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Spectacular Didactics

Mauro Crepaldi

Spectacular Didactics

Spectacular Didactics

“Our School” Professors: the open contributions by Mauro Crepaldi

In the ninth appointment of the column dedicated to the community of “Our School” Professors, we share an interview with Mauro Crepaldi, a primary school teacher who has a  long and prolific collaboration with the Fondazione Mondo Digitale. He has written various books that have been published by Erickson and Fabbri Scuola. Firmly convinced that the school must anticipate and not follow, the teacher teaches astronomy and astronautics and managed to have a planetarium built at the school where he also is the digital coordinator.

Together with colleagues Barbara Avella, Angela Fumasoni, Giorgia Moschini and Lara Rollo he worked on the first teaching unit of the volume of Integrated Digital Citizenship and Sustainability in Primary School (Erickson, 2023), entitled “Brr…Che caldo!” that asks students to confront, through fantastic storytelling, one of the most important challenges of our time: global warming.



Can you summarize the activity you personally followed and talked about in the book?

Fundamentally, my role was to coordinate the many spectacular contributions (augmented reality, scientific experiments, coding, self-evaluation...) of the working group composed by colleagues Lara RolloAngela Fumasoni, Barbara Avella e Giorgia Moschini, four of the most competent and generous teachers on the national teaching scene. My contribution will be published on-line and can be reached by clicking on the links at the end of each chapter (materials section) and which will be updated periodically. We thought it would be a good way to keep the value of the publication high and valid over the course of time.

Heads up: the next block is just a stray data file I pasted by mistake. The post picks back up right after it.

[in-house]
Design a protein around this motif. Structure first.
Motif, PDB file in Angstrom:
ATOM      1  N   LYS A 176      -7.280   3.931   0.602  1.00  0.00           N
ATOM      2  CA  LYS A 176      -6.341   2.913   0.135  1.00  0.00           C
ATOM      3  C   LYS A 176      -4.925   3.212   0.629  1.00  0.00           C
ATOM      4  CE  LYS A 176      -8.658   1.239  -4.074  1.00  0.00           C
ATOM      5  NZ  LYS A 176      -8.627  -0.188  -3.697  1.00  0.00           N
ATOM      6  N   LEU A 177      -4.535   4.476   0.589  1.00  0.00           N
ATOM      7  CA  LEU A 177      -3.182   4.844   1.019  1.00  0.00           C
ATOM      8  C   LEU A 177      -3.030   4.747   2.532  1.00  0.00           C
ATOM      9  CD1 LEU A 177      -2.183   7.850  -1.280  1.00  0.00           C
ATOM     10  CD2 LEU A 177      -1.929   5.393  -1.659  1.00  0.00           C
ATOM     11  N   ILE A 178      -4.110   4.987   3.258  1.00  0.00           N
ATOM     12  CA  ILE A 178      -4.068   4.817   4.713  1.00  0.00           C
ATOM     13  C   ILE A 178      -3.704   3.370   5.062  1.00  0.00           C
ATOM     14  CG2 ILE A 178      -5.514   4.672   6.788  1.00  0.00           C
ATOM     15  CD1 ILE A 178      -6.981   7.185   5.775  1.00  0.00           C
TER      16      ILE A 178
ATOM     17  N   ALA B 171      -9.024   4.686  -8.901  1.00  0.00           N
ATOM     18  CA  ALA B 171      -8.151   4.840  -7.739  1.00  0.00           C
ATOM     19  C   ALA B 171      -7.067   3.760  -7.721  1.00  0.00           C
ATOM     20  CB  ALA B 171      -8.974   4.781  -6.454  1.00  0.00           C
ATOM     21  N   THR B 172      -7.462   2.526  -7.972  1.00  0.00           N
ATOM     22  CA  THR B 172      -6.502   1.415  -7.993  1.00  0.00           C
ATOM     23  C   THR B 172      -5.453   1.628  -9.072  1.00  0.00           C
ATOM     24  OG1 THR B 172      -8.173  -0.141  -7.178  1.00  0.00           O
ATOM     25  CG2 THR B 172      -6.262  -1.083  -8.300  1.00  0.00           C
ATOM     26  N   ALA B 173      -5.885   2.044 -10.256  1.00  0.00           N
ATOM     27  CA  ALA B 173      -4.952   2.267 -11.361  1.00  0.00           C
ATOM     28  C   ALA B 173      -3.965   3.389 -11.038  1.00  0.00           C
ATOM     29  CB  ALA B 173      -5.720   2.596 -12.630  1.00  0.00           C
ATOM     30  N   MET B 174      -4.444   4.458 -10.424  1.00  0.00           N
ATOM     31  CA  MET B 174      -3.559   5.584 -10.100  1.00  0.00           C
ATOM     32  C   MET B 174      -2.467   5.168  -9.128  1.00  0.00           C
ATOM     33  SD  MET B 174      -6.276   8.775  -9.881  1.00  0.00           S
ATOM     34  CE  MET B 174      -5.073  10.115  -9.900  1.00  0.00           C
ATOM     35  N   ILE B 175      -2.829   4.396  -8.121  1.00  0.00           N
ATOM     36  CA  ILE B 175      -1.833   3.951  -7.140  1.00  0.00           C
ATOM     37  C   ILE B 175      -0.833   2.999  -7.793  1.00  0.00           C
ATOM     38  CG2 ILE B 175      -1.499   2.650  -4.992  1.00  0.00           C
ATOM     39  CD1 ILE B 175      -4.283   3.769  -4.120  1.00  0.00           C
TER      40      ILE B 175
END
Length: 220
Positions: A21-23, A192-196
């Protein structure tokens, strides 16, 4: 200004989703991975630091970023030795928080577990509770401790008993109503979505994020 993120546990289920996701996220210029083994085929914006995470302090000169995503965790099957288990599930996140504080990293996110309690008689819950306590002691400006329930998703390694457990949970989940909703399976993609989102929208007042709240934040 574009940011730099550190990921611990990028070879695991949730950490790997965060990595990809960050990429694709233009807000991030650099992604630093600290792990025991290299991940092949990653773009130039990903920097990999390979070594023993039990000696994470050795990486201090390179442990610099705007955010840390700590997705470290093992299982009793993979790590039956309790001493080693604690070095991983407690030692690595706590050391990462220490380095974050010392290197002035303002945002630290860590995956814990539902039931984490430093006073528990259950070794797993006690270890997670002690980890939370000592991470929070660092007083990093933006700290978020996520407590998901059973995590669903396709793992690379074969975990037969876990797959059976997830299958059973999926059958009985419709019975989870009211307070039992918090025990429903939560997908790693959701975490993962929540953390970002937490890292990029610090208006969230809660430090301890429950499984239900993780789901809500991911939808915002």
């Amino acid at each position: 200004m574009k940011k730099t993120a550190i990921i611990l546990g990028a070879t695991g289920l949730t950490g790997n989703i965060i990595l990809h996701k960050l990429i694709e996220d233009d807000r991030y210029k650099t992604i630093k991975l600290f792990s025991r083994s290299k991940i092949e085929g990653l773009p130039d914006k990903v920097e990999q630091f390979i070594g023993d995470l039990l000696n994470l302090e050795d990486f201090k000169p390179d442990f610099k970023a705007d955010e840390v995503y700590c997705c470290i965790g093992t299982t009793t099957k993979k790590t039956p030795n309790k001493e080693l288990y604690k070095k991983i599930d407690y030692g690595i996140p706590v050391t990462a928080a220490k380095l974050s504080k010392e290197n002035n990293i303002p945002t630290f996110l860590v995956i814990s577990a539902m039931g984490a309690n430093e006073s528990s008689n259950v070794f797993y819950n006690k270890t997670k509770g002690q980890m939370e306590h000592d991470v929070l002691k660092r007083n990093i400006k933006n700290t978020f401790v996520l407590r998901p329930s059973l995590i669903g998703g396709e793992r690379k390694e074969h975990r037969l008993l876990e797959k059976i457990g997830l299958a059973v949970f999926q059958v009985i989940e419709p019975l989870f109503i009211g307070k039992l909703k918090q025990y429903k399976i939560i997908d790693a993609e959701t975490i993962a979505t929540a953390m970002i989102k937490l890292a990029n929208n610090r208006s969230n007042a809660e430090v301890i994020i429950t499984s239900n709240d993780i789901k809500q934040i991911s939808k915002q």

What was the added value of this initiative for students? Were there any additional activities or particular needs that emerged during the project?

Obviously, we tried to replicate the work of our colleagues in our respective classes. I took advantage of this to experiment with a new activity to convey direct and necessary information on some of the effects of global warming – the use of blind quizzes – avoiding the otherwise useful frontal lesson. We haven't had the opportunity to include it in this article but it was an additional activity that I'm really thinking of exploring in further depth and share with our readers.

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